Imam Ali Krayee Blasts LCC Executives, Says, They Are Hustlers – But LCC Promised To Issue Statement

The Chief Imam of the Liberia Muslims Council, Ali Krayee

The Chief Imam of the Liberia Muslims Council, Ali Krayee has publicly blasted the leadership of the Liberia Council of Churches (LCC), saying they are hustlers who are ought for trouble, noting people are provoking revolution in Liberia, and that “even among the common people, when Muslims talk about their holiday, they make fun of us.”

However, when GNN contacted the President of the LCC, Bishop Kortu Brown via mobile phone through text who said he is not well to speak, but referred our report to the Secretary General of the Council, Rev. Chris Toe who said he will speak on the issue at a later time.

Delivering the 2021 Abraham Day message to the Muslim Community in Liberia Tuesday, 20 July 2021 at the Benson Street Mosque in Monrovia, Imam Krayee said when Muslims talk about their holidays, it is like they are foreigners asking for too much in the country.

“People are provoking revolution in this country,” he said, adding “and when you start the work we do, sometimes … they want to understand what we mean as if they want to see some kind of action.”

The Islamic Cleric insisted that “if this nation continues to sow discord” and discrimination, it will reap discrimination, demanding that the Muslim holiday must be resolved next year and that by next Ramadan, “there will be freedom for everybody or freedom for nobody.”

Krayee’s remarks at a key Muslim event come at a time when there are rising Islamic jihadist activities across West Africa and the Sahel Region which have resulted in the continuous destruction of lives and properties and have widened the threat to national security in affected countries.

Liberia has a fragile peace after decades of civil conflict that destroyed lives and properties and broke down the nation’s institutions.

Years of immense international community assistance after the civil war has brought some level of transformation which now makes it possible for the country’s army which was once dissolved, to be partaking in peacekeeping operations in some West African countries including Mali, that are still battling Islamic jihadist activities.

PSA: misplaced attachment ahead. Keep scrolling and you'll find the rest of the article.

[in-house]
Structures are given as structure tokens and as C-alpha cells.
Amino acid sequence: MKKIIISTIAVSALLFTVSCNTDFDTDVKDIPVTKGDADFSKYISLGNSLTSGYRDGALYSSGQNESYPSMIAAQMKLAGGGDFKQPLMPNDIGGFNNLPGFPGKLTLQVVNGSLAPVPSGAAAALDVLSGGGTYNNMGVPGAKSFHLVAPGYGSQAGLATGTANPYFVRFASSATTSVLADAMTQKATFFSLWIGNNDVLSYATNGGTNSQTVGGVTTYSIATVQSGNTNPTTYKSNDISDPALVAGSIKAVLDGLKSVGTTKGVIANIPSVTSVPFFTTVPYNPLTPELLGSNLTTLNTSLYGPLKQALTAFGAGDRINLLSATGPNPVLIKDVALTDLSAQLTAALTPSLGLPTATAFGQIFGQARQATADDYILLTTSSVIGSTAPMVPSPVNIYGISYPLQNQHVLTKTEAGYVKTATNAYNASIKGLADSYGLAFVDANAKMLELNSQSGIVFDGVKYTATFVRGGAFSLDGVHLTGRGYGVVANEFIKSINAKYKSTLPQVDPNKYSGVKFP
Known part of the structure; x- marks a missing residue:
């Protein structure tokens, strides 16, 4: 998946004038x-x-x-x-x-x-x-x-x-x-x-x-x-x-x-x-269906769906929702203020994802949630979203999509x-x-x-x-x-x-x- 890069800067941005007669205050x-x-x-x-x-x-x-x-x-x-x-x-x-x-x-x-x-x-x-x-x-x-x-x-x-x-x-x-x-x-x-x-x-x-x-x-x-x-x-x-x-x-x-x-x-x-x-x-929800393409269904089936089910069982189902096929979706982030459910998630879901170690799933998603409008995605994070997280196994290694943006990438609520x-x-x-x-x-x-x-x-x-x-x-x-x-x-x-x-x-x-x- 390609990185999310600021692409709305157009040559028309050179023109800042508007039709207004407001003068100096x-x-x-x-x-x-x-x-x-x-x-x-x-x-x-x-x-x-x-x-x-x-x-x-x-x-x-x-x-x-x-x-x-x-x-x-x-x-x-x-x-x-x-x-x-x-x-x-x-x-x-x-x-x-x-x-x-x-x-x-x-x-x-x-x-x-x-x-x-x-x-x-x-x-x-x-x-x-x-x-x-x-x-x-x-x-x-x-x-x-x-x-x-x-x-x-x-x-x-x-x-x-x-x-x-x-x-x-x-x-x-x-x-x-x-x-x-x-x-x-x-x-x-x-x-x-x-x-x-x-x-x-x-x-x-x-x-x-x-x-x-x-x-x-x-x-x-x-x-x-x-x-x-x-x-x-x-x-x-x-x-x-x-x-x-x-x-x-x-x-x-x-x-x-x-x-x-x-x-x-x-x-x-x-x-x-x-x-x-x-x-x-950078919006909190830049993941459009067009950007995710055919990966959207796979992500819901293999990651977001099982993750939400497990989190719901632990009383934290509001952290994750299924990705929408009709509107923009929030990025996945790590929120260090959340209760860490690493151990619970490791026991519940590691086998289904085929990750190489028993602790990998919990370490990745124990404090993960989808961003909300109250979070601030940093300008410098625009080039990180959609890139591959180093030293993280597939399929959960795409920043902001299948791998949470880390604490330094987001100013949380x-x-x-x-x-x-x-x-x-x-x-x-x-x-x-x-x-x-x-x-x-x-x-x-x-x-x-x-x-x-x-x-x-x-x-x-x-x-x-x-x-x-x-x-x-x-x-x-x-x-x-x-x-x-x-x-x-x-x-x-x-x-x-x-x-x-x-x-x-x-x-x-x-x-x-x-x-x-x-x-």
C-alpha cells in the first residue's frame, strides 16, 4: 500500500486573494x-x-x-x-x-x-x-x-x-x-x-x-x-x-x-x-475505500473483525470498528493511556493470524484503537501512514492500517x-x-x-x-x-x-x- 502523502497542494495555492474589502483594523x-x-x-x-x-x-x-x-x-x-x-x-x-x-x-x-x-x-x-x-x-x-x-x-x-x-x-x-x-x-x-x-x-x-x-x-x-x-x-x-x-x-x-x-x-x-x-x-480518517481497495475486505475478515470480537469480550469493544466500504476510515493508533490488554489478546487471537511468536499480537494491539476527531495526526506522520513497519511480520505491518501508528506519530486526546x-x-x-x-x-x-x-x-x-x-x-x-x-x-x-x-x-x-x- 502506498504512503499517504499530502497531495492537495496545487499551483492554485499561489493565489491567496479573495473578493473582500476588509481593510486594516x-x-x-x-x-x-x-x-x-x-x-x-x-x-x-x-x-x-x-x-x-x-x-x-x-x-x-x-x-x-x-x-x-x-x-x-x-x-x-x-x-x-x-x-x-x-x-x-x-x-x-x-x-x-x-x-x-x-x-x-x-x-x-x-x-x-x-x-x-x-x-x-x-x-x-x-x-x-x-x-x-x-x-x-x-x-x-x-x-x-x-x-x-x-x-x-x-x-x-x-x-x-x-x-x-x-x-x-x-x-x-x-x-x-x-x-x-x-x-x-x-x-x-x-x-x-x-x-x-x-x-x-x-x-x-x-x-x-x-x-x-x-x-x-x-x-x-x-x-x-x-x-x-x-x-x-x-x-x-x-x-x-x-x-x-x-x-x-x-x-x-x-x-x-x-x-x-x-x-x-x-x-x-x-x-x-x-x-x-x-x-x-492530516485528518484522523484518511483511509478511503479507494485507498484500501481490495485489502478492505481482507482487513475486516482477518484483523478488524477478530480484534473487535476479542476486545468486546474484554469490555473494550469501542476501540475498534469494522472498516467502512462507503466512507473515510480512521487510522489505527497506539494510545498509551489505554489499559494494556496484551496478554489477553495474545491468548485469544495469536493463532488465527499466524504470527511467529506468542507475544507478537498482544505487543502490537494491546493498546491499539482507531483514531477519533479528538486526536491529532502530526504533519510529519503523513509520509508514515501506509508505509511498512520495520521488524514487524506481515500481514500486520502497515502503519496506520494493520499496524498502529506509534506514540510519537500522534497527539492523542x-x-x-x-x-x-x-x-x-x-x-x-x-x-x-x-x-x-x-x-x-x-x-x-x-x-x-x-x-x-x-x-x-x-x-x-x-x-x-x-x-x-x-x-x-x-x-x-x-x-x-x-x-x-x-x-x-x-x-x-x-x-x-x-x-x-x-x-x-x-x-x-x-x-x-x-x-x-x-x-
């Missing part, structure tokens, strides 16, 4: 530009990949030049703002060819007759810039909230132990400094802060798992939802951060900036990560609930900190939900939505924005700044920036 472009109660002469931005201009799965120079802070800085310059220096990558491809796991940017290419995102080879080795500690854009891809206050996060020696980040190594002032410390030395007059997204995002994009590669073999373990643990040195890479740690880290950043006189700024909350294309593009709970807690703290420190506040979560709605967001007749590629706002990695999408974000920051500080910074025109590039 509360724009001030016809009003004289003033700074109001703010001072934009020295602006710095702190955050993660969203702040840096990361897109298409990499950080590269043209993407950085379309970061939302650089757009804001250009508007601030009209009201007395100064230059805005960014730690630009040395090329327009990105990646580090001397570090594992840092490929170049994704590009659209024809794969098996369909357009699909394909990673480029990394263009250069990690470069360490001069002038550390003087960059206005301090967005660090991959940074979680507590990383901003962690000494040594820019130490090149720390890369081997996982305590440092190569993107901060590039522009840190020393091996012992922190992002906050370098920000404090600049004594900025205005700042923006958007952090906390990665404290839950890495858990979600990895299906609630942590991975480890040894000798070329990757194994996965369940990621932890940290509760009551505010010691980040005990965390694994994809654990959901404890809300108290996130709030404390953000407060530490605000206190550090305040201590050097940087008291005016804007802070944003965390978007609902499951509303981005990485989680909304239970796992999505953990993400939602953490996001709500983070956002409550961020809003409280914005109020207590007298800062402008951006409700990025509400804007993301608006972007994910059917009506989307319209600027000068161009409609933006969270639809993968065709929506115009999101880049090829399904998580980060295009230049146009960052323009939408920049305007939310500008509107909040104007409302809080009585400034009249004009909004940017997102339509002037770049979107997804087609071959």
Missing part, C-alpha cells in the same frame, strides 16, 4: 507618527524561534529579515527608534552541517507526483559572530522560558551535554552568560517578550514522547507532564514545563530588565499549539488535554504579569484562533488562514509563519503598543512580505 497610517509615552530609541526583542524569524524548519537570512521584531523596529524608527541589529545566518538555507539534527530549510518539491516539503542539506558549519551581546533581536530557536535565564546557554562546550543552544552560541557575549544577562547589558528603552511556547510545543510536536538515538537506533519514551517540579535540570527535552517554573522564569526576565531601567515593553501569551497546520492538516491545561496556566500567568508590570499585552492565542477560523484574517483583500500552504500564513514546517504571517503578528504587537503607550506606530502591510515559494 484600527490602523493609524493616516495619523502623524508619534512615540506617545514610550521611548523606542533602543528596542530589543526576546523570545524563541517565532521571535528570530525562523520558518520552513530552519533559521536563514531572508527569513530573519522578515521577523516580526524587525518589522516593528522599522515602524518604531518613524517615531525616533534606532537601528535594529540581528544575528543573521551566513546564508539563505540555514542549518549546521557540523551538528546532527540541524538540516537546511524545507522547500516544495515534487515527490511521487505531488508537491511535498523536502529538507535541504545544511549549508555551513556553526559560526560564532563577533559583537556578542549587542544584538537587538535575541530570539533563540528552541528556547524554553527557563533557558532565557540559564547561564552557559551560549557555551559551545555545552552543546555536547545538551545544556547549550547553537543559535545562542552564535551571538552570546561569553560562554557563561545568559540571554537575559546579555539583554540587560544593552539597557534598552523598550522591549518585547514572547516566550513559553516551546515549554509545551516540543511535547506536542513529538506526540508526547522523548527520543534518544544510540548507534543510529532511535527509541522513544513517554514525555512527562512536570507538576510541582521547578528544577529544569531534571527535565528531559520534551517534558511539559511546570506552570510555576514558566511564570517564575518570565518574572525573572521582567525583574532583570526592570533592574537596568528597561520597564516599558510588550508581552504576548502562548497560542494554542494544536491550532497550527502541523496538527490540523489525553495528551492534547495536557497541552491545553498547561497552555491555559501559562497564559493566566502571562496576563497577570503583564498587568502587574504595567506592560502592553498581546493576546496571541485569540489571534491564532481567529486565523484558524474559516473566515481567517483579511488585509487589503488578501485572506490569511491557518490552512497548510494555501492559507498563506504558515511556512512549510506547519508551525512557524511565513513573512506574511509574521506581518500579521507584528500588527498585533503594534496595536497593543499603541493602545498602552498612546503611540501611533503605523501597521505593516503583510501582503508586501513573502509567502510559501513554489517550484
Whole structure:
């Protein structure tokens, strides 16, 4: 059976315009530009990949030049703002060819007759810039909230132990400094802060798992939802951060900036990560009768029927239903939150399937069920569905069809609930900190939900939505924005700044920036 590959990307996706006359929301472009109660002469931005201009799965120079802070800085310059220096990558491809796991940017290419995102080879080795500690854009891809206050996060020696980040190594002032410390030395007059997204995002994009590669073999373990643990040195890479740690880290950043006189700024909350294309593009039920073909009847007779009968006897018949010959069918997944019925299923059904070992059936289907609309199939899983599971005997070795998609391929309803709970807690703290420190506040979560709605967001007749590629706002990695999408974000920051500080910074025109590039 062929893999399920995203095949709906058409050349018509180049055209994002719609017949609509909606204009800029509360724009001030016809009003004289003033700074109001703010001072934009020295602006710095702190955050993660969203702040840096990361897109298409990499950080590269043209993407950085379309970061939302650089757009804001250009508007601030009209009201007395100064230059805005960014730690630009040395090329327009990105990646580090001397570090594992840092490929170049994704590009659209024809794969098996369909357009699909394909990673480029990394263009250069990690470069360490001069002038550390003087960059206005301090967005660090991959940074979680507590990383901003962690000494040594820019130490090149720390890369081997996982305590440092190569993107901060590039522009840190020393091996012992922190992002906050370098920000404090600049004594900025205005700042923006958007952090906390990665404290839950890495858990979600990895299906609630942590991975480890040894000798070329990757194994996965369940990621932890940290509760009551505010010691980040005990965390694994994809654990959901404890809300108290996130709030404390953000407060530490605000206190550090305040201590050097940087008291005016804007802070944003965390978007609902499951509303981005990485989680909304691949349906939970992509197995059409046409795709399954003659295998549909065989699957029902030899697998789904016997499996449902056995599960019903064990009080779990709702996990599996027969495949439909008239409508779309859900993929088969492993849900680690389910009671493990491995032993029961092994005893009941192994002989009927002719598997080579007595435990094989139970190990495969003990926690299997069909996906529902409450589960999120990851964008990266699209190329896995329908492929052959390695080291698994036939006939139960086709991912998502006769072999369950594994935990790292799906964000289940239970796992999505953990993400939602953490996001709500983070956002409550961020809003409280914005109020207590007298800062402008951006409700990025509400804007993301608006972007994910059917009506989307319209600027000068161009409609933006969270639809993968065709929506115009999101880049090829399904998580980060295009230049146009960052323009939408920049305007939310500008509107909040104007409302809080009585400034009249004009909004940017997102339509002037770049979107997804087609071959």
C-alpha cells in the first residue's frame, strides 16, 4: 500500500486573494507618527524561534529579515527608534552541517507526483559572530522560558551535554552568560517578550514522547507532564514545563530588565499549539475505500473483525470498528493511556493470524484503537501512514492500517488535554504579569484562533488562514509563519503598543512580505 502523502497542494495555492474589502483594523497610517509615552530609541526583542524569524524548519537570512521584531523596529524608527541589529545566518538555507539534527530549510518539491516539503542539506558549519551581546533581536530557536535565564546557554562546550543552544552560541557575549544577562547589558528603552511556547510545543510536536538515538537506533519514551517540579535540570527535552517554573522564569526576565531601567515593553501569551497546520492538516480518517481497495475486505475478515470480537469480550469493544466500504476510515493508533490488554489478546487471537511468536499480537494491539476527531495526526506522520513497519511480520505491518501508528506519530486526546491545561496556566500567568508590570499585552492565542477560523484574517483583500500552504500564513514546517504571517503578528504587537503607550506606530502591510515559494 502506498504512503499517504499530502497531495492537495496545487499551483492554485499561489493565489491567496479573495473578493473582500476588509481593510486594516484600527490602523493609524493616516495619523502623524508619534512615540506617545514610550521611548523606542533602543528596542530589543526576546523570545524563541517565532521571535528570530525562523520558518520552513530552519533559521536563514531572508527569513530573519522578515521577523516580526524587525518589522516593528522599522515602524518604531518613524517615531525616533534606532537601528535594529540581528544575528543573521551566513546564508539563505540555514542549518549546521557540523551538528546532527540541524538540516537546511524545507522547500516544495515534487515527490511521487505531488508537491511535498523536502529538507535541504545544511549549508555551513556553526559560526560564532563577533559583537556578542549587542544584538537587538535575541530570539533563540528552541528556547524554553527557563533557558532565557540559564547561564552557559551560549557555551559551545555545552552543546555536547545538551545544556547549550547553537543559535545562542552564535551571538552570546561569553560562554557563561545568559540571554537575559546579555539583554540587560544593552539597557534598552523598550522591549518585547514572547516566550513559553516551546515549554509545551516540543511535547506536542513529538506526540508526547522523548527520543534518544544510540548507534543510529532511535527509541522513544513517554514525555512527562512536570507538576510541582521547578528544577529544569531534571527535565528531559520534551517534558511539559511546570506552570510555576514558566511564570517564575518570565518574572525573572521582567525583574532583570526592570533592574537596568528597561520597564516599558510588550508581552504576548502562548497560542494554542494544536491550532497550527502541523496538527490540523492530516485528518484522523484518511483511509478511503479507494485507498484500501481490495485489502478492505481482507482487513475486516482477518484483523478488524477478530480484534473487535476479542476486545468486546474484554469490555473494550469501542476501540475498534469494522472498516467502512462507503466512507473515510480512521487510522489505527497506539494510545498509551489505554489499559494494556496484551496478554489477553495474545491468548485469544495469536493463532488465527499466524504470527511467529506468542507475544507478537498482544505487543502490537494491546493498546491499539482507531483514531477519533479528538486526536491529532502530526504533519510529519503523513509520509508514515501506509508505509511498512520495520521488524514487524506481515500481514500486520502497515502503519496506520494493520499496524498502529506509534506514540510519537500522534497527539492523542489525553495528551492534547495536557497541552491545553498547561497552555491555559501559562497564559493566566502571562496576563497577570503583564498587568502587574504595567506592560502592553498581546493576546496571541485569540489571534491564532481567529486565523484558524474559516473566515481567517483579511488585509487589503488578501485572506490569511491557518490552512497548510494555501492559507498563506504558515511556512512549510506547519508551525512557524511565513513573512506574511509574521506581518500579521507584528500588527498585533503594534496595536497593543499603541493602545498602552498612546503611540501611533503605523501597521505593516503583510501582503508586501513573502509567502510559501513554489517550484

In spite of that, the state institutions here are still challenged as a result of the decades of civil conflict it suffered.

In his verbal attacks against religious leaders from the Christian Community, Imam Krayee warned that “Holy Ghost fire” preachers will be the first to jump through the windows and flee Liberia the day real fire comes.

“No, continue with your hustle, you are not our problem. Continue to preach your Holy Ghost Fire, but we will know that the day real fire comes here you will jump over the window and be the first to flee this country because your Holy Ghost will not be able to stop the fire that you are provoking …,” Krayee said.

He, however, claimed that this fire that he is predicting “will not come from the Muslims,” saying the Muslims will continue to be very peaceful in this country.

The religious leader noted that the Muslim community’s problem is not with the Holy Ghost Fire preachers, but with the Government of Liberia. He added that Muslims do not have time for the Holy Ghost fire preachers’ hustle because some of them are losing ground to their Nigerian counterparts and want to gain relevance at the expense of the Muslim community.

“And you want to use the Muslim holiday question to make yourselves to raise funds from your people abroad and at home,” he said, urging Liberian pastors to continue with their hustle.

Krayee said there are pastors who want to be called followers of Jesus Christ who got nothing to do with that humble servant of God “who make us believe in the Bible that says do unto others as you want them to do unto you and yet they want to think they are pastors.”

He indicated that in spite “of all that we are going through, we don’t even feel for ourselves,” saying there is no love for other Liberians as tribalism and religious bigotry are the order of the day.

Though Krayee did not name specific Holy Ghost fire preachers, however on Tuesday, 15 June 2021, Bishops from Churches in Liberia met with the President Pro Tempore of the Liberian Senate Albert Chie, urging the Liberian Senate not to endorse religious bills submitted by Bomi County Senator Edwin M. Snowe to legislate religious holidays here.

Mr. Snowe in his bills wants the last day of Ramadan and Abraham Day which are observed by the Muslim faith and Easter Monday which is also observed by the Christian faith here, to be legislated as national holidays in Liberia.

Following their meeting with the Liberian Senate, Bishops said Liberia has been a peaceful country, and as religious people, their job is to continue to pray that peace and stability be maintained.

Christianity is by far the most common faith in Liberia, with recent surveys showing Christians making up 83-86% of the population, up significantly from surveys in the 1980s. By contrast, Islam has declined slightly from 14-15% in the 1980s to 11-12% in recent surveys.

In recent years, Muslims in Liberia have also been advocating for the legislation of Eid al-Adha (Abraham’s Day) and Eid al-Fitr (End of the Holy Month of Ramadan, the Festival of Breaking Fast) as national holidays.

In 2020, a group under the banner, the Movement for Islamic Holidays in Liberia called on the Liberian Legislature to pass into law two major Islamic festivals – Eid al-Fitr, known as Ramadan Day and Eid al-Adha also called Abraham day as national holidays.

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